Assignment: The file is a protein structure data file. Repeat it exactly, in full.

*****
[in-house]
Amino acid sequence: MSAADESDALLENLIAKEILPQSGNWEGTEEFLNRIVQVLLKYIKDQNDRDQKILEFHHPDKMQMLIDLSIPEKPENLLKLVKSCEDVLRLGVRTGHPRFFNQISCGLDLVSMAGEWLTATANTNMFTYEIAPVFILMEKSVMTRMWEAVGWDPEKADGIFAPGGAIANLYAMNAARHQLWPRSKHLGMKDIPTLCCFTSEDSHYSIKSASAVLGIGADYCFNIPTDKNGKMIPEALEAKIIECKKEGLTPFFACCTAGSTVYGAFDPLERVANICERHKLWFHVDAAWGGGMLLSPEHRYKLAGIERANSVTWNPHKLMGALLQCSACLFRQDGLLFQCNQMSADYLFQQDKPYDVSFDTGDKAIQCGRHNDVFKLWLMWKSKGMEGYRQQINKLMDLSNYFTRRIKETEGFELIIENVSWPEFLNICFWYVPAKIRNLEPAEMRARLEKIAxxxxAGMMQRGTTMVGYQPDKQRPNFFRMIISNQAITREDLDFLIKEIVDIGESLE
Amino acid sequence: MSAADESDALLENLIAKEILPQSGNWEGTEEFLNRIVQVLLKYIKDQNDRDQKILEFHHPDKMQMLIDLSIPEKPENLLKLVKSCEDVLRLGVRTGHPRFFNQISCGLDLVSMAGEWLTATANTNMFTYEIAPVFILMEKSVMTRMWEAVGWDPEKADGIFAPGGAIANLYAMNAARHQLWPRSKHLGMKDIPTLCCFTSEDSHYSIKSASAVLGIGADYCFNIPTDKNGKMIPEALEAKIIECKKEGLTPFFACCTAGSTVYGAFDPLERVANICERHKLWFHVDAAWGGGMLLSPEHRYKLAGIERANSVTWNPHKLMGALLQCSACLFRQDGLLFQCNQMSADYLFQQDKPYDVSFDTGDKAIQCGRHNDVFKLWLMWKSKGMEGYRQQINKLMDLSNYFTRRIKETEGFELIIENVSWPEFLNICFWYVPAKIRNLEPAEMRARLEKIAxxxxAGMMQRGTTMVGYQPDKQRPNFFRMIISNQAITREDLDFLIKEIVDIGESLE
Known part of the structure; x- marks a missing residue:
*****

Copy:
[in-house]
Amino acid sequence: MSAADESDALLENLIAKEILPQSGNWEGTEEFLNRIVQVLLKYIKDQNDRDQKILEFHHPDKMQMLIDLSIPEKPENLLKLVKSCEDVLRLGVRTGHPRFFNQISCGLDLVSMAGEWLTATANTNMFTYEIAPVFILMEKSVMTRMWEAVGWDPEKADGIFAPGGAIANLYAMNAARHQLWPRSKHLGMKDIPTLCCFTSEDSHYSIKSASAVLGIGADYCFNIPTDKNGKMIPEALEAKIIECKKEGLTPFFACCTAGSTVYGAFDPLERVANICERHKLWFHVDAAWGGGMLLSPEHRYKLAGIERANSVTWNPHKLMGALLQCSACLFRQDGLLFQCNQMSADYLFQQDKPYDVSFDTGDKAIQCGRHNDVFKLWLMWKSKGMEGYRQQINKLMDLSNYFTRRIKETEGFELIIENVSWPEFLNICFWYVPAKIRNLEPAEMRARLEKIAxxxxAGMMQRGTTMVGYQPDKQRPNFFRMIISNQAITREDLDFLIKEIVDIGESLE
Amino acid sequence: MSAADESDALLENLIAKEILPQSGNWEGTEEFLNRIVQVLLKYIKDQNDRDQKILEFHHPDKMQMLIDLSIPEKPENLLKLVKSCEDVLRLGVRTGHPRFFNQISCGLDLVSMAGEWLTATANTNMFTYEIAPVFILMEKSVMTRMWEAVGWDPEKADGIFAPGGAIANLYAMNAARHQLWPRSKHLGMKDIPTLCCFTSEDSHYSIKSASAVLGIGADYCFNIPTDKNGKMIPEALEAKIIECKKEGLTPFFACCTAGSTVYGAFDPLERVANICERHKLWFHVDAAWGGGMLLSPEHRYKLAGIERANSVTWNPHKLMGALLQCSACLFRQDGLLFQCNQMSADYLFQQDKPYDVSFDTGDKAIQCGRHNDVFKLWLMWKSKGMEGYRQQINKLMDLSNYFTRRIKETEGFELIIENVSWPEFLNICFWYVPAKIRNLEPAEMRARLEKIAxxxxAGMMQRGTTMVGYQPDKQRPNFFRMIISNQAITREDLDFLIKEIVDIGESLE
Known part of the structure; x- marks a missing residue: